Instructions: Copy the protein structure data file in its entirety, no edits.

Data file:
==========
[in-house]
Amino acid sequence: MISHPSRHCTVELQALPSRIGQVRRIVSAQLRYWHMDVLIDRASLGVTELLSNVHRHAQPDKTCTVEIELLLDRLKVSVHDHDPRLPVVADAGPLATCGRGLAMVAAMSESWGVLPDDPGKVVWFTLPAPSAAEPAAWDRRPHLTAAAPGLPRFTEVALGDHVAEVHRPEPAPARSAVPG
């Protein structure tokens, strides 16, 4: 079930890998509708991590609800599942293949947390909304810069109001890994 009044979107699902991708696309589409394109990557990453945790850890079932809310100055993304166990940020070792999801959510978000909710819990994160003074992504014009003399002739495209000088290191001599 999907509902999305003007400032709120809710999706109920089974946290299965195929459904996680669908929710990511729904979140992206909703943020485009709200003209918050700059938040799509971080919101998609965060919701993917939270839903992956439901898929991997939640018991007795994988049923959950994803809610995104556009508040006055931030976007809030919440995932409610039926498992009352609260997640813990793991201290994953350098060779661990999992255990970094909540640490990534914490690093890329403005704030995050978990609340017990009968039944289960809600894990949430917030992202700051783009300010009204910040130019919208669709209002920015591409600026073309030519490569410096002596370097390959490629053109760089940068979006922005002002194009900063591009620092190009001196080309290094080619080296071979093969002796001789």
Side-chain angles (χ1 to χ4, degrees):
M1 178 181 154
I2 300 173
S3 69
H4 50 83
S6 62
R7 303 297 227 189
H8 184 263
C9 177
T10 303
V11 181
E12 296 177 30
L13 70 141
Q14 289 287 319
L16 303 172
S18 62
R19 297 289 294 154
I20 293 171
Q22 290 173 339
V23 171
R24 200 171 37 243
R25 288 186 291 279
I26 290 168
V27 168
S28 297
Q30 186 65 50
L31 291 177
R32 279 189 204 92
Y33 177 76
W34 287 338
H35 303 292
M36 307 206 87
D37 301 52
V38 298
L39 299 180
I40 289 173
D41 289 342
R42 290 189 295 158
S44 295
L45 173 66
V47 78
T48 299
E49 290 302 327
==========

[in-house]
Amino acid sequence: MISHPSRHCTVELQALPSRIGQVRRIVSAQLRYWHMDVLIDRASLGVTELLSNVHRHAQPDKTCTVEIELLLDRLKVSVHDHDPRLPVVADAGPLATCGRGLAMVAAMSESWGVLPDDPGKVVWFTLPAPSAAEPAAWDRRPHLTAAAPGLPRFTEVALGDHVAEVHRPEPAPARSAVPG
């Protein structure tokens, strides 16, 4: 079930890998509708991590609800599942293949947390909304810069109001890994 009044979107699902991708696309589409394109990557990453945790850890079932809310100055993304166990940020070792999801959510978000909710819990994160003074992504014009003399002739495209000088290191001599 999907509902999305003007400032709120809710999706109920089974946290299965195929459904996680669908929710990511729904979140992206909703943020485009709200003209918050700059938040799509971080919101998609965060919701993917939270839903992956439901898929991997939640018991007795994988049923959950994803809610995104556009508040006055931030976007809030919440995932409610039926498992009352609260997640813990793991201290994953350098060779661990999992255990970094909540640490990534914490690093890329403005704030995050978990609340017990009968039944289960809600894990949430917030992202700051783009300010009204910040130019919208669709209002920015591409600026073309030519490569410096002596370097390959490629053109760089940068979006922005002002194009900063591009620092190009001196080309290094080619080296071979093969002796001789």
Side-chain angles (χ1 to χ4, degrees):
M1 178 181 154
I2 300 173
S3 69
H4 50 83
S6 62
R7 303 297 227 189
H8 184 263
C9 177
T10 303
V11 181
E12 296 177 30
L13 70 141
Q14 289 287 319
L16 303 172
S18 62
R19 297 289 294 154
I20 293 171
Q22 290 173 339
V23 171
R24 200 171 37 243
R25 288 186 291 279
I26 290 168
V27 168
S28 297
Q30 186 65 50
L31 291 177
R32 279 189 204 92
Y33 177 76
W34 287 338
H35 303 292
M36 307 206 87
D37 301 52
V38 298
L39 299 180
I40 289 173
D41 289 342
R42 290 189 295 158
S44 295
L45 173 66
V47 78
T48 299
E49 290 302 327